It is possible that this is indeed a turn off / turn on of the protection circuit, but this does not happen with LED lights - it just turns off, and does not turn on until it is charged. Without the right test equipment, it's impossible to say for sure what it is.

I made this quick test in response to the comment that protected cells are left in the dark. As you can see, this is not the case

These statements conflict with each other. If what you describe was an intended feature of the cell, to warn the user, don't you think they would advertise that? And I expect any protected cell to behave this way, so to say, "there's no way to know" is a bit disingenuous. I think it's just how protected cells will behave because of how I described it in the previous post, and I think I would see that behavior myself if my LiCo cells weren't 7 years old and so well used, because I nearly see it now, just with a longer delay between flashes, which is how I'd expect an older cell to behave, i.e. recover it's resting voltage slower with less available current.

Check this out.
Vapcell N36 INR18650 3.7V 8A 3650mAh
You can get these 10 at a time direct from the Vapcell factory for $36, about the price of 5-7 protected 2500mAh cells domestically (which I can't find direct from factory anymore, maybe you can), and not only get more cells but about 40% more capacity per cell with a much higher amp rating, but you'll probably never see this cell protected because it doesn't need it. But even pedestrian capacity INR and IMR cells usually have at least 3000mAh.

The hybrid chems are really great, and it's really a good thing they don't need protection. The reason for the protection on LiCo isn't to warn to user, it's to prevent them from discharging the cell below 2.5V and subsequently placing a damaged cell back on a charger, because bad things can happen (but it's also to cut off voltage for too high a current draw before thermal runaway becomes a risk).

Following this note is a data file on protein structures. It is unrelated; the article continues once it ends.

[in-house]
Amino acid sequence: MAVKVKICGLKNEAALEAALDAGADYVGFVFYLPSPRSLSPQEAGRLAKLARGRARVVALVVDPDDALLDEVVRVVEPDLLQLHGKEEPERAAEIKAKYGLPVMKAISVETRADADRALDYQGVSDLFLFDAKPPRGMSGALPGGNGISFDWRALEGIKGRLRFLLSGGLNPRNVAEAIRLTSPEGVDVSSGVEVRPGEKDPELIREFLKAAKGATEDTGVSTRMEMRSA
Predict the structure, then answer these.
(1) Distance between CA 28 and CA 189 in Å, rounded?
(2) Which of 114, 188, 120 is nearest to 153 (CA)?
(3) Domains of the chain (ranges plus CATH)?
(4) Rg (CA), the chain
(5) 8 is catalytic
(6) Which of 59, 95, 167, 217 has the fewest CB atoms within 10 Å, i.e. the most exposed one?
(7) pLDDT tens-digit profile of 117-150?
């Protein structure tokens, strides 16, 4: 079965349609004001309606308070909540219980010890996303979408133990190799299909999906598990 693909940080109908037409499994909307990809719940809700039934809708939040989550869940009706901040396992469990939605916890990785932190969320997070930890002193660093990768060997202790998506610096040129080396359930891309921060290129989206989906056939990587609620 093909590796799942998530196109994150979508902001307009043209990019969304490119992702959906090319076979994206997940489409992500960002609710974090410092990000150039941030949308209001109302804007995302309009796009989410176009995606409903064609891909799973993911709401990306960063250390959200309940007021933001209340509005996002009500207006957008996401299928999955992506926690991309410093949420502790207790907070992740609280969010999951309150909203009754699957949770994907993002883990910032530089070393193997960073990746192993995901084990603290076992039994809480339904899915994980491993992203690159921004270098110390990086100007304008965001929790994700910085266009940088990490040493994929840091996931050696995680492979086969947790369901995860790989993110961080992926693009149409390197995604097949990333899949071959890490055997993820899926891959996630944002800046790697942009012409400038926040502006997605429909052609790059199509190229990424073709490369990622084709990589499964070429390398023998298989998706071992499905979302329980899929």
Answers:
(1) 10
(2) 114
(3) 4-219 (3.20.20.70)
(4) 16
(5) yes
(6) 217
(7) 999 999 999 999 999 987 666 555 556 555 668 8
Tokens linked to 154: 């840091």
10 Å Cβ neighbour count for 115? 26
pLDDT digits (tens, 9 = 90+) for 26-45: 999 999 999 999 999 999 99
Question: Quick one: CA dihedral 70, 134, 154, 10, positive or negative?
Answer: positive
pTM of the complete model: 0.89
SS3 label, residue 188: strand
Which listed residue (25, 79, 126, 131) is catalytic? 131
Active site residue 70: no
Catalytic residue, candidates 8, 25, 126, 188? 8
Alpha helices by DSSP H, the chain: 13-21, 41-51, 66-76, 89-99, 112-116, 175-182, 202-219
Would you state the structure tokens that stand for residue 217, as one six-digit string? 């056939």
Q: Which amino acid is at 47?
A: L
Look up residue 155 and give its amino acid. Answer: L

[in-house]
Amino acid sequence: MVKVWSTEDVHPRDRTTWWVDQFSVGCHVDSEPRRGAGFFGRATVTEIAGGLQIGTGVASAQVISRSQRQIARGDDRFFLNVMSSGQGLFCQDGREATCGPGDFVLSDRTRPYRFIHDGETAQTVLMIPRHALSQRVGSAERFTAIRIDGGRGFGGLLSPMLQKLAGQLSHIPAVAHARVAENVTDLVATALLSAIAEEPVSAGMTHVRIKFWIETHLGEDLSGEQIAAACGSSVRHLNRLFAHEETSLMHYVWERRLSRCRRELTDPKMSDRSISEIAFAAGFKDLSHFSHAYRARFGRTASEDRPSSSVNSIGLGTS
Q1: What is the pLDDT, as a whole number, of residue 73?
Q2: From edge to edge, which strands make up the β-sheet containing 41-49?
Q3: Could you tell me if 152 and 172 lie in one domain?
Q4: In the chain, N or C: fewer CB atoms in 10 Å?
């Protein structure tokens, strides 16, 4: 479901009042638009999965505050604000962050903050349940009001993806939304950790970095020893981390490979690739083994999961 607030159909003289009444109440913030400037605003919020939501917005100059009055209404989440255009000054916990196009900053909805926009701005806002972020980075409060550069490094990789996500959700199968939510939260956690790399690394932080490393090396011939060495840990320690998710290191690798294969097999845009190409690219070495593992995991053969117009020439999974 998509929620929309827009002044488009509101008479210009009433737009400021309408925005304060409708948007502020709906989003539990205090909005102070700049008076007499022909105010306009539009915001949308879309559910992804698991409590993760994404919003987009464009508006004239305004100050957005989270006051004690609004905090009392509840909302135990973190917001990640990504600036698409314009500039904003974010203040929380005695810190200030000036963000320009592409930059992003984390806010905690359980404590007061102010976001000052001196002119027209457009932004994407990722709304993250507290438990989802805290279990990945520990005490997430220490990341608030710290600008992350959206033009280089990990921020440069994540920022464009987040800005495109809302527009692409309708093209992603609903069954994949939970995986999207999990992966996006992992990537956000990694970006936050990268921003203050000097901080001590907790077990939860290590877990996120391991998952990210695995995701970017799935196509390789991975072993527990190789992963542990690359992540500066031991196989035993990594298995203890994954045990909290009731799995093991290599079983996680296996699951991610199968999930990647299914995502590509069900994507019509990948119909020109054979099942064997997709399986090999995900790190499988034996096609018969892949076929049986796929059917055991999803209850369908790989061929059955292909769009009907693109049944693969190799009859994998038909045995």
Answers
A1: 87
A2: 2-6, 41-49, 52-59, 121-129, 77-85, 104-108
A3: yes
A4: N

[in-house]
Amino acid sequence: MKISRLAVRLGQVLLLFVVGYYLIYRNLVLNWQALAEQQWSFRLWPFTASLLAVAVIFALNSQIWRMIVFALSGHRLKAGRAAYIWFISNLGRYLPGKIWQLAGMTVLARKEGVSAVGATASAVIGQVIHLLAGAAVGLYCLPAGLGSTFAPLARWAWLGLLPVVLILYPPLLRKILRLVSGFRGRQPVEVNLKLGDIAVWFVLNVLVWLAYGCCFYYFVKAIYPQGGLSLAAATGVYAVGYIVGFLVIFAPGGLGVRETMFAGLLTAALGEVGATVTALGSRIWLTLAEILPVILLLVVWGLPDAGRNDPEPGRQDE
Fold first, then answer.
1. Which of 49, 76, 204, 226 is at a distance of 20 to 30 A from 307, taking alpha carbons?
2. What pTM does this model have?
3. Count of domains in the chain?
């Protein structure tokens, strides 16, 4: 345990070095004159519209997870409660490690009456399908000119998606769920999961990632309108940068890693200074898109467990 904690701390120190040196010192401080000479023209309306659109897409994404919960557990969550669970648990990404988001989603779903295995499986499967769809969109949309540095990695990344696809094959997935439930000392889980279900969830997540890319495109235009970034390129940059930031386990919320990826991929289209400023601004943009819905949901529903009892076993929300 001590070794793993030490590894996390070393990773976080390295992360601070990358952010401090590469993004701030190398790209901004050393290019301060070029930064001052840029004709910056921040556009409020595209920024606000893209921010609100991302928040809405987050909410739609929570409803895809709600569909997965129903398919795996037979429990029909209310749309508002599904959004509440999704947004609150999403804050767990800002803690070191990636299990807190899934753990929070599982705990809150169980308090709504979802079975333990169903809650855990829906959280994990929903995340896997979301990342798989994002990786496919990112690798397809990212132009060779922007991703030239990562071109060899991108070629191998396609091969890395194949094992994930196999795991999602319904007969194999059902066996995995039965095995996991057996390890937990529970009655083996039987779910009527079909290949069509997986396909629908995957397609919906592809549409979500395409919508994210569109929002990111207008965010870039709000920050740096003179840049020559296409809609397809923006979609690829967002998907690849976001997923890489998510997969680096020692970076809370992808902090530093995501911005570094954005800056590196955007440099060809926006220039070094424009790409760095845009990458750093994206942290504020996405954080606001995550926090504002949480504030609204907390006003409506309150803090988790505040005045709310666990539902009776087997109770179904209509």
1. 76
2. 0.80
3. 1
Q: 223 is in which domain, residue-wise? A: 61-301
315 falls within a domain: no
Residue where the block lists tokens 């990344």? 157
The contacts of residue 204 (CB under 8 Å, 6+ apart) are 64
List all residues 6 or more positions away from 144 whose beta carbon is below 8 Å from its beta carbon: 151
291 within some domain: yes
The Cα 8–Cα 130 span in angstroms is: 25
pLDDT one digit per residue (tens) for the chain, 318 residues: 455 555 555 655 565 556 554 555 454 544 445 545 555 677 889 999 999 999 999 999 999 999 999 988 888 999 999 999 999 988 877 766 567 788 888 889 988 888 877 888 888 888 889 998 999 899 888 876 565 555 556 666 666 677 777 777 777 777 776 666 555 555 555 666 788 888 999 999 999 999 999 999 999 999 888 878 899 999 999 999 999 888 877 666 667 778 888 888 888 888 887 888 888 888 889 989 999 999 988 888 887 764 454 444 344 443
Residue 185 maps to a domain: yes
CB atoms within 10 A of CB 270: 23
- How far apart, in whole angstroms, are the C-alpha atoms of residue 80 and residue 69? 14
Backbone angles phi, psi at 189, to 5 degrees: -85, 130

Not to mention, more and more flashlights are being designed with LVP built in, further making protected cells obsolete.

But even if my conjecture is wildly inaccurate, and yours is 100% correct, protected cells are getting less and less common, so I wouldn't get too attached to them because there might not be any available five years from now. So if you like them, there's a good reason to be worried about your cells and take care of them, because you may never see their kind again (I'm exaggerating to make a point, which is that LiCo protected cells will fully disappear eventually, maybe sooner than later).
 
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desert.snake

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Yes, you're right, the prices have become much more than I watched them last time :( I usually take here, since delivery from abroad has recently become very expensive or impossible

I just went to pull out a tooth, and while I was pulling it out, a thought came to me. Perhaps this behavior of the cell is due to the fact that they are LiCo. That is, they configured the protection board to operate at a high voltage (maybe 3.5 volts under load), since as soon as I took it out of the flashlight, it showed 3.7V. About 3.5V - this is my guess, without additional equipment I cannot say what voltage this battery has under load at the moment the protection is triggered. It does not make sense to buy for the sake of a single test, it is too expensive.